All it takes is the click of a keyboard or the push of a "send" button. One unflattering photo posted on Facebook can get plastered all over the Internet with ugly comments. One text message can turn into a string of harassment. This isn't as easy to see as a black eye, but the hurt can go much deeper. Any student with a phone or a computer can become a victim of cyberbullying – or can become a cyberbully.
Cinnamon Blair, university marketing director with the University of New Mexico, recently completed an in-depth look at cyberbullying for her health education master's thesis. She shares her insights. "It's not just a school phenomenon. It extends the playground bullying beyond the schoolyard, beyond the bus, the locker room and the bathroom. You can be reached as long as you have your phone on or are logged onto the computer," she says. Cyberbullying isn't "just words." It can cause feelings of isolation, damage self esteem and push vulnerable youth toward suicide.
What is Cyberbullying?
Bullying has been around forever, but cyberbullying is a new breed. It's sneaky. It can be anonymous. It can follow kids around wherever they go. "You don't really see it. It's not a very visible type of bullying. It's purely psychological," says Blair. Some obvious types of cyberbullying include sending threatening text messages, posting embarrassing videos or sharing unattractive photos. It can also appear as a poll about who the ugliest kids in school are, show up as abusive comments in online forums or involve stealing an identity and making rude posts in disguise.
Cyberbullying can easily balloon out of control as hundreds or thousands of online bystanders contribute to comments or forward mean-spirited videos. "If you forward a text or video that you think is funny, you may not realize that you are participating. You might not think you are that kind of person, but you become a contributor to it," says Blair. Even if a student regrets posting a bad photo or message, taking down the original source doesn't always make it go away. It only takes a few seconds for someone to copy a picture or forward an email.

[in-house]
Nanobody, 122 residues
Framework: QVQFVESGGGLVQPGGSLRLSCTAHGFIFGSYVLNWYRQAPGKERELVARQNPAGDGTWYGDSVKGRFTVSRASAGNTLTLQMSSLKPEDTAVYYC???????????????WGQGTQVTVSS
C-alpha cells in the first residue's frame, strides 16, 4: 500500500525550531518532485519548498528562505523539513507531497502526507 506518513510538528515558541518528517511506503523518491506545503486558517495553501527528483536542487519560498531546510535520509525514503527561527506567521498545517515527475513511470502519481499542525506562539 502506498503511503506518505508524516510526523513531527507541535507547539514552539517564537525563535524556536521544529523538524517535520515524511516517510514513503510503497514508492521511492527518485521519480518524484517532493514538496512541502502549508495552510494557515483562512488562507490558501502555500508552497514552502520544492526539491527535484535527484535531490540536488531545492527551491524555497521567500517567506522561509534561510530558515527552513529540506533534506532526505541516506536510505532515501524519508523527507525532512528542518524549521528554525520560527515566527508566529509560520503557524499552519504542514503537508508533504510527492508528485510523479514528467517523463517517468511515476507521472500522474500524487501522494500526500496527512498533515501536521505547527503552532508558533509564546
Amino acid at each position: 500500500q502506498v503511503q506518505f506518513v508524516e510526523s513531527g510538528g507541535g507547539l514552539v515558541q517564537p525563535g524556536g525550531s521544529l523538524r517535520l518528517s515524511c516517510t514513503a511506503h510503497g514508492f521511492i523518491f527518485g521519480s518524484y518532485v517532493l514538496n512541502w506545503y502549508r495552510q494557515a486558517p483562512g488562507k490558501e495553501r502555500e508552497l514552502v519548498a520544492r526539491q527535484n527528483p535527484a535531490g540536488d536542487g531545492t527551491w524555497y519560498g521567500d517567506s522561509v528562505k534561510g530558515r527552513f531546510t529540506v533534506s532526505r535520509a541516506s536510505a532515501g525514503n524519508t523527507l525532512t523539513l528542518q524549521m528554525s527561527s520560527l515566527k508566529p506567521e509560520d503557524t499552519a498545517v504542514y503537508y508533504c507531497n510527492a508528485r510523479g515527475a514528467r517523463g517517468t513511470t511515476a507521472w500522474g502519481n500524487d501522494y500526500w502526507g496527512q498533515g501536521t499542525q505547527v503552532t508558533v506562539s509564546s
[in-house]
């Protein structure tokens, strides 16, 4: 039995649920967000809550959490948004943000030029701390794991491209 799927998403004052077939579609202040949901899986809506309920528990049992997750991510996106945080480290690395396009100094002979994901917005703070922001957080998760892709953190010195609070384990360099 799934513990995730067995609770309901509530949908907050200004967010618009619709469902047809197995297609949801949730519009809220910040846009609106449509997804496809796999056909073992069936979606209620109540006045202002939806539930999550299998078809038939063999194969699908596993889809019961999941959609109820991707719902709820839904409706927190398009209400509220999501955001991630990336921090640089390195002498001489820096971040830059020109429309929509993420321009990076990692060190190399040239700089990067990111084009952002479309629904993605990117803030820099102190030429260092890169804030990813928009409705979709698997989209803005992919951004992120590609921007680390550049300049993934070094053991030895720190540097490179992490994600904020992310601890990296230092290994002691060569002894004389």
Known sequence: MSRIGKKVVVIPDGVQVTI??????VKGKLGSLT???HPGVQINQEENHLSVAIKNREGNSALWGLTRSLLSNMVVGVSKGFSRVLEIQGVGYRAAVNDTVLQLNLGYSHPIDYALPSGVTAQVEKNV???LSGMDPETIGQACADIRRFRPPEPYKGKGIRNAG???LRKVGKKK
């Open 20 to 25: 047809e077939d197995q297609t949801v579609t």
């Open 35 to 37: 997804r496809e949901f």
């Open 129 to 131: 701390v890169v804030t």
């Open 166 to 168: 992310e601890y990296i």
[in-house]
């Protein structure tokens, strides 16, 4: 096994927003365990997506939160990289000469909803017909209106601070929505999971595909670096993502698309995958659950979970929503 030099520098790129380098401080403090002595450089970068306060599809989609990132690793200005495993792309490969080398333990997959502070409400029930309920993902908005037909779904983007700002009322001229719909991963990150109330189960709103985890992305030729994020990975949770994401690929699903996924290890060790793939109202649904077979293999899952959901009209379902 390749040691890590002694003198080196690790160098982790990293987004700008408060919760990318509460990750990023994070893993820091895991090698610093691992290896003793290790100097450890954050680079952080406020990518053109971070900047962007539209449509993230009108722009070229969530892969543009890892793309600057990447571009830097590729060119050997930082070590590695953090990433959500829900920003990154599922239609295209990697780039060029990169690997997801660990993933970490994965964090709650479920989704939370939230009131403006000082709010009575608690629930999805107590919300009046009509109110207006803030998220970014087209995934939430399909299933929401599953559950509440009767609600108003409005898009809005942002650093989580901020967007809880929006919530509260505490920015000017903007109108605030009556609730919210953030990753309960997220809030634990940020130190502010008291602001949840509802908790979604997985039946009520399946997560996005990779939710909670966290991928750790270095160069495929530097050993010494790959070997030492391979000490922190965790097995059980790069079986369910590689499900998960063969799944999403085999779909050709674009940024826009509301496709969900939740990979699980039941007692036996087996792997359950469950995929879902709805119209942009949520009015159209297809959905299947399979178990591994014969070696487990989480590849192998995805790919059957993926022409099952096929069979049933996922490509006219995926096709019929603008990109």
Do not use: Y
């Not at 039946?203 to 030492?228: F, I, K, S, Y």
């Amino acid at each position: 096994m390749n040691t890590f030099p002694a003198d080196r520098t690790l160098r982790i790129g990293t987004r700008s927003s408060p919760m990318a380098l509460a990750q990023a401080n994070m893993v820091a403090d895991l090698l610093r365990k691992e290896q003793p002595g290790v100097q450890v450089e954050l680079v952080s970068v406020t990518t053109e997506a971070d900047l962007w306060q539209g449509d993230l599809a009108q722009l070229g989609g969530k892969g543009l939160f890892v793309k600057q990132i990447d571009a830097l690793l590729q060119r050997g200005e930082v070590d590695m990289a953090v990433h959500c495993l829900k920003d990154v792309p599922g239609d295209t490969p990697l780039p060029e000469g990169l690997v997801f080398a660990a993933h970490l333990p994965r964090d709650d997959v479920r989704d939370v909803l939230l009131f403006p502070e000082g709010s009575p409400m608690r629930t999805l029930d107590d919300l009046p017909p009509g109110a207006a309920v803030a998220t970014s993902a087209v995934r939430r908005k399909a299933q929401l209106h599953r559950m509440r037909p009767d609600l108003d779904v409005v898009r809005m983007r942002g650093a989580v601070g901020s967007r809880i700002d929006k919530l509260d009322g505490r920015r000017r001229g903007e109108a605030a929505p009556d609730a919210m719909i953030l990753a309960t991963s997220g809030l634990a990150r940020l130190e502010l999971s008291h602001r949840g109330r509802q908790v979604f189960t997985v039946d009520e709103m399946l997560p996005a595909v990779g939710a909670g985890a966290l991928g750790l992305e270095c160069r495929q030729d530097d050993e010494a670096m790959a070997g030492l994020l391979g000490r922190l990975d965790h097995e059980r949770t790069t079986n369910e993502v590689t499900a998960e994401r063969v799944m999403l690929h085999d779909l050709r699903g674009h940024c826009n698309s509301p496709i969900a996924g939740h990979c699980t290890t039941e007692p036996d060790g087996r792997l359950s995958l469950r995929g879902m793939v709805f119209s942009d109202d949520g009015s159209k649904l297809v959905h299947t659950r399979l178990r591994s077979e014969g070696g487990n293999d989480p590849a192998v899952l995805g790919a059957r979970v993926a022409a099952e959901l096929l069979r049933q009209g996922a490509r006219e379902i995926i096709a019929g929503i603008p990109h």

Keep an eye on your kid and how he behaves with his computer or cell phone. Does he shut down his computer when you peak around the corner? Does he hide his cell phone from your view? Is he constantly online until the wee hours and secretive about what he's doing? These can be signs that cyberbullying is taking place, especially if you notice moodiness, depression or not wanting to go to school. "It's probably very highly under-reported. Kids fear that they are going to have their access taken away, so they won't report it," says Blair.
You don't have to be a high tech parent to be able to help your child with cyberbullying. This is about getting back to basics. "For parents, it's about having a good relationship with your kid and not allowing a lot of computer use behind closed doors," says Blair. She recommends asking your child about who her online friends are, if she knows them personally and keeping an eye on online activities. Remember that cyberbullying can easily pull in bystanders and extend into groups of kids becoming participants. "Parents have to step up. It can be anybody. It can be your own kid that you never ever think would do it," says Blair.
Blair likens cyberbullying to gladiator times when people would come to the Coliseum to watch battles take place. "As content is published, whether it is a video or a text or whatever it may be, it is forwarded. The crowd is part of the problem. If it becomes normal and okay, people won't recognize it for what it is," she says. There is a way to clamp down on cyberbullying. It takes students, parents, schools and communities stepping up. "The only way to stop it is if the community doesn't tolerate it. The kids stand up and say knock it off. People go onto a site and say it's not right," says Blair.
With younger and younger kids getting cell phones and spending time on computers, the problem isn't going to go away on its own. It's time to bring cyberbullying out of the online shadows. Recognize it. Report it. Put a stop to it.